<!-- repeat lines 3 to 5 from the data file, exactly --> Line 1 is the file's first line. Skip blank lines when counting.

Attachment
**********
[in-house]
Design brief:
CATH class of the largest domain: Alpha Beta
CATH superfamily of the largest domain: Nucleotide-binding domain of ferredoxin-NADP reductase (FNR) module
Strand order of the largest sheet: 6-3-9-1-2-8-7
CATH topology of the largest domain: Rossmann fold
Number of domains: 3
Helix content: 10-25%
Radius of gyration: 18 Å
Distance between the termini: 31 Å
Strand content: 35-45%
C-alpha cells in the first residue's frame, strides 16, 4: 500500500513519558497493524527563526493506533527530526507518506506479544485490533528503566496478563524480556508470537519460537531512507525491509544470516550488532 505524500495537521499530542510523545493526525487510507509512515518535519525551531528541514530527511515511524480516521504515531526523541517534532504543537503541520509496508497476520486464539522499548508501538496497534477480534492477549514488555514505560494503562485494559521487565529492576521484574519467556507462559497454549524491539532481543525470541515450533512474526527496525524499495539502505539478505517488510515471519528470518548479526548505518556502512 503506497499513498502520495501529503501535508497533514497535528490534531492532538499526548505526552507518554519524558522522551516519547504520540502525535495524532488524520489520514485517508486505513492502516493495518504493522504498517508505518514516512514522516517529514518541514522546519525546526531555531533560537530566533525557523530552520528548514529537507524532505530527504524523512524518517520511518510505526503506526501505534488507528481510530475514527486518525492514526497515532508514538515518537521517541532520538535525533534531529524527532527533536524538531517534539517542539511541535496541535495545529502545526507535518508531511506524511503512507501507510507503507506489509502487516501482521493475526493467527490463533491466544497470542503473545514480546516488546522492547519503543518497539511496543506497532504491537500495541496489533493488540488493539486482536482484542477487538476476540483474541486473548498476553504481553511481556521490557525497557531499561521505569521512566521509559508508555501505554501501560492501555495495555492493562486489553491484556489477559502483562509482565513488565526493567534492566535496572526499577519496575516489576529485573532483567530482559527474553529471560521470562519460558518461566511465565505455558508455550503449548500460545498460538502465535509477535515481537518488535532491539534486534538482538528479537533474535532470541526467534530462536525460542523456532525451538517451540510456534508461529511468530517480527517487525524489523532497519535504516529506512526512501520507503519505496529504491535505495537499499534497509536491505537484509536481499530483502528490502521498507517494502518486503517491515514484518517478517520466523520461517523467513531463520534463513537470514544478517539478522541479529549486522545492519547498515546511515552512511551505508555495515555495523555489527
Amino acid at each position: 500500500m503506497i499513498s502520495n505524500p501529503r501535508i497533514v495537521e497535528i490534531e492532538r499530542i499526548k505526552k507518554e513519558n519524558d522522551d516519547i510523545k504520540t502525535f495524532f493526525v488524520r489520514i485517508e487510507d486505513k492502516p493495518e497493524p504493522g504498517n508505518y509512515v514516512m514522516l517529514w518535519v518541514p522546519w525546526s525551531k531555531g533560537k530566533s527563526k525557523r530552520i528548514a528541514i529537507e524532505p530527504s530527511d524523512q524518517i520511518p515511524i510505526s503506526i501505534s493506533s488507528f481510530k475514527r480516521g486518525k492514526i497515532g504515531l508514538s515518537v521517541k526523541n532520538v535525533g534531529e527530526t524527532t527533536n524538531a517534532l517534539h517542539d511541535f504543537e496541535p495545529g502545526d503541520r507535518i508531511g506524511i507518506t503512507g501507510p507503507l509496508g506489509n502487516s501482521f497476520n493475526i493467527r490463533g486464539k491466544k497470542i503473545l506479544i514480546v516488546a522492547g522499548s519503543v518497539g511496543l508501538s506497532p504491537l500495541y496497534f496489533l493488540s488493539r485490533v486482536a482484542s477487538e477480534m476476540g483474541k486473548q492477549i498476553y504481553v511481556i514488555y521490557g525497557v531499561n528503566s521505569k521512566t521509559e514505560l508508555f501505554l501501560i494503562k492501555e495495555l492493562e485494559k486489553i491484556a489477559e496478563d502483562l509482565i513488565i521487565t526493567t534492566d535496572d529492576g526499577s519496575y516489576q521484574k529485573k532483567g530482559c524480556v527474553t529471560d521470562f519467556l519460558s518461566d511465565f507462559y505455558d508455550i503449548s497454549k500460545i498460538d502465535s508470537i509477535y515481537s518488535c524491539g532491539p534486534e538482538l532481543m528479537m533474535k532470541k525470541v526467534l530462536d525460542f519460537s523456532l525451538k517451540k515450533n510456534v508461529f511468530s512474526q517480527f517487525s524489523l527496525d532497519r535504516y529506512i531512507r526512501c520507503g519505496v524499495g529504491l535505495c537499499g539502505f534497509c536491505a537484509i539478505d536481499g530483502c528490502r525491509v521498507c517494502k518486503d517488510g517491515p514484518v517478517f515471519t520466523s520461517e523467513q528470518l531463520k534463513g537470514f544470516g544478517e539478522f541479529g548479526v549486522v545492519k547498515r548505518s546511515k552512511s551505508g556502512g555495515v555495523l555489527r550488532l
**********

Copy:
CATH class of the largest domain: Alpha Beta
CATH superfamily of the largest domain: Nucleotide-binding domain of ferredoxin-NADP reductase (FNR) module
Strand order of the largest sheet: 6-3-9-1-2-8-7